Animate in Studio 3DS Max
3DS Max is an animation program released by Autodesk that provides you with the tools you need to completely model and animate a 3-D scene. Using the program, you can quickly animate complex movements, primarily through the included Auto Key animation technique. Using Auto Key, you can set the initial and final position of an animated object and set the time that passes between the positions. The software will handle the movement in the frames between.
1. Create or import the 3-D model you will be animating. You can create the model using the tools provided by the program, building your model by altering basic shapes and applying a model texture. Imported models can be obtained from a wide variety of sources online, freely or through purchase.
2. Rig the model by placing bones beneath the surface of the model. Create the bones by selecting the “animation” menu at the top of the user interface and choosing the “Bones Tools.” Click “Create Bones” and draw the bones using your mouse to select starting and ending points for each bone. Use the bones to create articulated joints in your model, which are adjusted to provide the animated movement for your model. Attach the bones to your model by selecting the model object you wish to attach. Go to the modifier panel to the right of your model and add the modifier “SKIN” to the modifier list using the drop-down menu in the modifier panel. Select the bone to attach the skin to by clicking on it.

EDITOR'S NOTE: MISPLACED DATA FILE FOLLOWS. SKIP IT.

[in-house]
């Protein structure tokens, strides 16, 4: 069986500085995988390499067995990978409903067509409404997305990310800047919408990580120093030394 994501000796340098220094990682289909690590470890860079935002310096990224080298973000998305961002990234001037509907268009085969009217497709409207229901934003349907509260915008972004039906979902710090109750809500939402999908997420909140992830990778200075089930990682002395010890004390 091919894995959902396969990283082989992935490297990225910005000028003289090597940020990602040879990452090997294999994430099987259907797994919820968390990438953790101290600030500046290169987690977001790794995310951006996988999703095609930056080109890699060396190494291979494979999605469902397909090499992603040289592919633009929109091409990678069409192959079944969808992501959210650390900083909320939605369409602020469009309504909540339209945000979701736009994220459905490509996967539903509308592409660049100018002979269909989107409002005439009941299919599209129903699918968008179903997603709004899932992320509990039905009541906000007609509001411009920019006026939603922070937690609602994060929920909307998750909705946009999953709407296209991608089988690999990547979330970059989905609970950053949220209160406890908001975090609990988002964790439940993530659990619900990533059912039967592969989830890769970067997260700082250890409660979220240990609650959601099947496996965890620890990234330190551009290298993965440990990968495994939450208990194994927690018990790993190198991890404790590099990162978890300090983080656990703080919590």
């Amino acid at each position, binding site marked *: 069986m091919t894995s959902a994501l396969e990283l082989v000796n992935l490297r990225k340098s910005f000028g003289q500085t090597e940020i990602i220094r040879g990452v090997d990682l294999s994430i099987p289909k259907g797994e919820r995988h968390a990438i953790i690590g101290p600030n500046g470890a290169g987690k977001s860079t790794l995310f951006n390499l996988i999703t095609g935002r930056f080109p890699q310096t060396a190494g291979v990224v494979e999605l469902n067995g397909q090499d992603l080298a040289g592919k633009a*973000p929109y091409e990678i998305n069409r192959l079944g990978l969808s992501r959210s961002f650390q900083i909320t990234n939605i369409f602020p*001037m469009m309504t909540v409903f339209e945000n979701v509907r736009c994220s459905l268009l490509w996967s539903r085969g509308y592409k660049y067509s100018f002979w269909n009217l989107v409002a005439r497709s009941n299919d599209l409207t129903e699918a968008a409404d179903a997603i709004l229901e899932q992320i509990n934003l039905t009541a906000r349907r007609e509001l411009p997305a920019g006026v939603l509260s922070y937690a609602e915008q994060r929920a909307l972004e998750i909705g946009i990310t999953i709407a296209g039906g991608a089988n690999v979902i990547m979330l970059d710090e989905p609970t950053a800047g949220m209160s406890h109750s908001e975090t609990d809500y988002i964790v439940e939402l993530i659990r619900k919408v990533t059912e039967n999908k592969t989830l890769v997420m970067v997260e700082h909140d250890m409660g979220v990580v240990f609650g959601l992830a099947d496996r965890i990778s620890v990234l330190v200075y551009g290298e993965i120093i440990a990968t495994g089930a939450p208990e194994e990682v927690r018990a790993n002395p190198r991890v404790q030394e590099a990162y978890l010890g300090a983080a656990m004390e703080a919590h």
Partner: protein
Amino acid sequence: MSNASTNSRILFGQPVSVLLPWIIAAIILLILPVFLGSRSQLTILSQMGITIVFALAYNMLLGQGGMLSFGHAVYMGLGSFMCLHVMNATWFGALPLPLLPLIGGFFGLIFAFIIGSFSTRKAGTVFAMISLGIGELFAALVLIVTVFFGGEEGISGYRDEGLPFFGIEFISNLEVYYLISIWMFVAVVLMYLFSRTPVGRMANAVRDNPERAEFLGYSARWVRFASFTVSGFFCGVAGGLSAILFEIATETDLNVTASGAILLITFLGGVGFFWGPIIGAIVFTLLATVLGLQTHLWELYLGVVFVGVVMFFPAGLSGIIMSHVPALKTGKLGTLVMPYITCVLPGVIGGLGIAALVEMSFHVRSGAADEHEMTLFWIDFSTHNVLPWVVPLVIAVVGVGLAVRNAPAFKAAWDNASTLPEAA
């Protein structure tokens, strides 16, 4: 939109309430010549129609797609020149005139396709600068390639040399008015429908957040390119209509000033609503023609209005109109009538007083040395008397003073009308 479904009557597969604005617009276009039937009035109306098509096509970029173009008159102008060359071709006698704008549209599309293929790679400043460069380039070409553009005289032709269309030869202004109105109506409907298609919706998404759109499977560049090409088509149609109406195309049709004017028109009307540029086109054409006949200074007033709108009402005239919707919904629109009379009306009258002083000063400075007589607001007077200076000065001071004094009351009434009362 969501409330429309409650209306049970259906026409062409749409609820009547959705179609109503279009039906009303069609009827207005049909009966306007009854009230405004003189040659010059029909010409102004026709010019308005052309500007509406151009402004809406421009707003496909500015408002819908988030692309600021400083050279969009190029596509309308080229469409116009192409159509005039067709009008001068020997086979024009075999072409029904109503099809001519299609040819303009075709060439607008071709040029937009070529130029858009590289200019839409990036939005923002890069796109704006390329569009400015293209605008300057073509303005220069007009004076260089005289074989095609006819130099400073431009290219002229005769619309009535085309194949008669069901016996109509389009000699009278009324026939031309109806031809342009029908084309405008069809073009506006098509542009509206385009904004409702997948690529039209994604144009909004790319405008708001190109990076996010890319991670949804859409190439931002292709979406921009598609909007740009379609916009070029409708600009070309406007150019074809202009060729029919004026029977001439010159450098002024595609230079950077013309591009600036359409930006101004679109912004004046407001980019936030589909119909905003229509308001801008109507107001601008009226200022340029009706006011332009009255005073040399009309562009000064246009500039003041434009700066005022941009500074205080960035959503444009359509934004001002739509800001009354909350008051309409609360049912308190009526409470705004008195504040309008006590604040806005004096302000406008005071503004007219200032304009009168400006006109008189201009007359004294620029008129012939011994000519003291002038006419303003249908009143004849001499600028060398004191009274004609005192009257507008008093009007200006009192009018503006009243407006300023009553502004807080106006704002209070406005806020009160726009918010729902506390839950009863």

3. Position the model in the initial frame of the animation. Pose the model in the starting animated movement by moving the model bones. Select the “Auto Key” button.
4. Select the final frame of the animation. The more frames you use, the more fluid the movement will be, with the animation moving in slight increments divided among the frames. Move the model to the final posed position. Press the “Auto Key” button a second time.
5. Move the frame selection slider back to the zero frame position and press the “Play” button. The model should move as you moved it physically, with any change in position animated automatically between the frames.
6. Repeat the process with other moving portions of the model to create complex movements. For example, to create a waving hand, first move the arm, then the elbow, then the wrist, followed by individual fingers.